The Cultural Life of Early Domestic Plant Use

Article excerpt

This paper is a contribution to the on-going discussion about what is often called the 'origins of agriculture'. The literature has seen a broadening of perspective over the past 10 years. We have gained from these works and have reoriented much of our thinking about this societal transition. Nevertheless, there is still room to ask what cultivation looked like in the early days. What were the cultural settings that initiated these changes in plant-human interactions? We can gain further understanding about this transition by thinking more about the 'invisible' and the 'unstudyable', by trying to understand why people might have nurtured plants in the first place. This paper proposes that the domestication process was tied to intensifying social relations and lineage construction. Further, the suggestion is that the plants that were adopted early on had special meanings and identities due to their associations with places, events, and lineage groups, especially for women. The plants that accompanied people into new communities and placers were part of these groups' cosmologies and identity constructions. It is hoped that the individual plants themselves might give us clues to the past cultural changes that were taking place. Several cultural examples will illustrate how women and their lineage associations are important instigators in the spread of plants and therefore were probably involved in plant domestication.

To address these questions, this paper focuses on the social and cultural side of plant 'mothering' and cultivation.(1) Plant tending is biological but it is also cultural. At some point, people began to act and think differently about the world around them, including the plants and animals, which they had eaten since before they became 'people'. Why did people change their social, economic, and ecological practices? How did their perceptions of close and distant social interactions alter their relationships with plants and animals? The suggestion put forward here is that the creation of identity (and difference) at the personal, familial, and group level was a dynamic process which also underlay early plant cultivation. Gatherers and hunters began to associate and identify certain plants and animals with themselves. They brought the plants into their community to be cared for, like the people in their community. This process of changing relationships with plants (and animals)(2) accompanied changes in the relationships between humans. We might benefit from looking at practices and interpersonal relations that are routine and repeated in most people's lives in order to see how the nurturing of new social relationships might have been linked to horticulture.(3)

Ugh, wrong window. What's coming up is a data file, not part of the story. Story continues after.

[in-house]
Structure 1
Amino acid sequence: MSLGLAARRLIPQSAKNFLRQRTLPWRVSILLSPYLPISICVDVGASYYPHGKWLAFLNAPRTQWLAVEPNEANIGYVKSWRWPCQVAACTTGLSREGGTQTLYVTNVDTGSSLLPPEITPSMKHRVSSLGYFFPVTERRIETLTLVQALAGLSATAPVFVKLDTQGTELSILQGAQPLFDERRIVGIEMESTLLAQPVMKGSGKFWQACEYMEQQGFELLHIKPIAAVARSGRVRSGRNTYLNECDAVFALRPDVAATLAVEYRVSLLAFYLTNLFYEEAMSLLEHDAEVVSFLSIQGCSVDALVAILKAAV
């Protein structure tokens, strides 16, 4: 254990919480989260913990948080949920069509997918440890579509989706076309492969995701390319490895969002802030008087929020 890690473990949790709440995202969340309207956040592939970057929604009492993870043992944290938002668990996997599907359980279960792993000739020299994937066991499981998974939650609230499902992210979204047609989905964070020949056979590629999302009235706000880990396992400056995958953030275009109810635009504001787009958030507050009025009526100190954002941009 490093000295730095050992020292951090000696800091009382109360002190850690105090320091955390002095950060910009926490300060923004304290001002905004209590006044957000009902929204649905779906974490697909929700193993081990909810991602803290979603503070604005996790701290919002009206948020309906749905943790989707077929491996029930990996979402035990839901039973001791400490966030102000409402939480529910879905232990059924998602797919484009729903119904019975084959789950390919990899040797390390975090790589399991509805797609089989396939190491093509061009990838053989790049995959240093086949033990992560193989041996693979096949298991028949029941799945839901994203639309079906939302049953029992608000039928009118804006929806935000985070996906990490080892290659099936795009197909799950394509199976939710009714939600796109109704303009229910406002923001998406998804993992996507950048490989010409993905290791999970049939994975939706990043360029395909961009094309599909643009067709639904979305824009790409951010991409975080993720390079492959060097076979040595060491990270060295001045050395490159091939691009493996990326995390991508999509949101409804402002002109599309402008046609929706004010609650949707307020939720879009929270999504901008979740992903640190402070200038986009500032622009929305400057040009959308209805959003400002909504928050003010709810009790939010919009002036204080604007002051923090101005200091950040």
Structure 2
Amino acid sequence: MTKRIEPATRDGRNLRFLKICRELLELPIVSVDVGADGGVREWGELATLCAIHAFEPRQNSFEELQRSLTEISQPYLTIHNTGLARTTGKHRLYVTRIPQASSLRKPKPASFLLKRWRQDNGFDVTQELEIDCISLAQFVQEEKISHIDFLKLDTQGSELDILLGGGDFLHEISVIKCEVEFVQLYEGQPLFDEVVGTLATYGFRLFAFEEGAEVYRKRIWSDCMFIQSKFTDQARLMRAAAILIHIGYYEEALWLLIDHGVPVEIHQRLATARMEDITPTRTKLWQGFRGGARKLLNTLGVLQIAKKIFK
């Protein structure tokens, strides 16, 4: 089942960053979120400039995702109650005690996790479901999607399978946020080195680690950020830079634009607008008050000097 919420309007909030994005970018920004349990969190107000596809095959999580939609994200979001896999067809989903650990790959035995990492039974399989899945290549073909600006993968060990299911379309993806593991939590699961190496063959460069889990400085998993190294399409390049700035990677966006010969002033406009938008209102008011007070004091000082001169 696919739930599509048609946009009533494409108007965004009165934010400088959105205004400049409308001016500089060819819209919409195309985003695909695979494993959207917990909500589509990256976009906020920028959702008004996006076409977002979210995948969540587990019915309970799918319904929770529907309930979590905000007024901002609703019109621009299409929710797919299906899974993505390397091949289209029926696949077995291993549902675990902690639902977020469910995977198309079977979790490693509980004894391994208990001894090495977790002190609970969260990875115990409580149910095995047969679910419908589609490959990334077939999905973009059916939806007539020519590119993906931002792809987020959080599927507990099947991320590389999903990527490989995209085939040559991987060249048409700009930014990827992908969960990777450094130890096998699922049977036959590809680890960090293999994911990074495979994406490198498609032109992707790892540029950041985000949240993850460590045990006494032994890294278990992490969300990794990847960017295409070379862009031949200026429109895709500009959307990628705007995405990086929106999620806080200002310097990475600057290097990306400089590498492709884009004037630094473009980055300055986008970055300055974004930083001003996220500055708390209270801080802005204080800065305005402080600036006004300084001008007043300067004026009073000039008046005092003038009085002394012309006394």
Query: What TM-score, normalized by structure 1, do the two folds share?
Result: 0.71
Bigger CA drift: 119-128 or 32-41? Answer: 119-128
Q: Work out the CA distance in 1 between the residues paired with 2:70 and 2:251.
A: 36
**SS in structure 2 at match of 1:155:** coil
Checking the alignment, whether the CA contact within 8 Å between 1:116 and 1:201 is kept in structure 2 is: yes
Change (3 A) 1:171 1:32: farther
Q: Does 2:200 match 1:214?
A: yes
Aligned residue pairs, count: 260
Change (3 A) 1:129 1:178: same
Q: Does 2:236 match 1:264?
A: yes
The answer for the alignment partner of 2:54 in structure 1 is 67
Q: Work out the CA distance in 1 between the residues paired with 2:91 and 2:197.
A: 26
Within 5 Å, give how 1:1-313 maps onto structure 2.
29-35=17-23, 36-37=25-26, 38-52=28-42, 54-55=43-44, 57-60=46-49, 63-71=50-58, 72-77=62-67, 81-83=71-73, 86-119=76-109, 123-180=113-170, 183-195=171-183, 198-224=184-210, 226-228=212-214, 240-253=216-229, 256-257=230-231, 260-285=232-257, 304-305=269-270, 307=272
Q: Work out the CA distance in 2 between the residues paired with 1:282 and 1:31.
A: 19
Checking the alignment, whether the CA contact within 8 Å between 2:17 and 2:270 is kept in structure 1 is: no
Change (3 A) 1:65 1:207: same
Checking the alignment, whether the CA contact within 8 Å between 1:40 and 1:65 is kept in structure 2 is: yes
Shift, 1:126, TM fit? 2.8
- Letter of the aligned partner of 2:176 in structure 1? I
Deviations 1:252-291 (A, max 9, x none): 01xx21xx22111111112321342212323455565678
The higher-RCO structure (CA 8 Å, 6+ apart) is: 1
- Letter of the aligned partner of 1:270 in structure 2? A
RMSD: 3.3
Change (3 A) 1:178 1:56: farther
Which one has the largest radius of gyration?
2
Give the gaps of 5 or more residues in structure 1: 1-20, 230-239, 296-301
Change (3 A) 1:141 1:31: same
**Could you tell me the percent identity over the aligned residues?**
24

There are now many archaeological examples of early cultivation that suggest a low level of plant use for many generations, even hundreds or thousands of years, before agriculture became important in the subsistence base. These early cultivated plants were both local and nonlocal. Only some of these early cultivars, however, grew to dominate agricultural assemblages (Johannessen 1988), shown by the evidence along the coast of Peru and the western coast of Mesoamerica (Hastorf 1998). While the dominant, carbohydrate plants later came to support surplus and hierarchy (Johannessen 1993; Welch & Scarry 1995), the early propagated plants were not carbohydrate, staple crops; rather they were medicinal, industrial, spicy, hallucinatory or merely exotic. Our problem is that if the earliest plants are not exotic, morphologically altered or densely deposited, archaeologists have not been able to recognize and identify agriculture in the archaeological record. It is argued that some early sedentary sites were pre-agricultural, but they could have been intensely horticultural, dealing with plants that did not have the physical changes that we normally assume to be required in the definition of agriculture (Bar-Yosef & Belfer-Cohen 1989). Places like the desertic Peruvian coast, where virtually all cultivated plants are foreign, make such a subtle artefactual event more visible to archaeologists, and it is here that we see spicy and industrial plants being nurtured first, at a low level and for a long time (Hastorf 1998; Pearsall 1992). …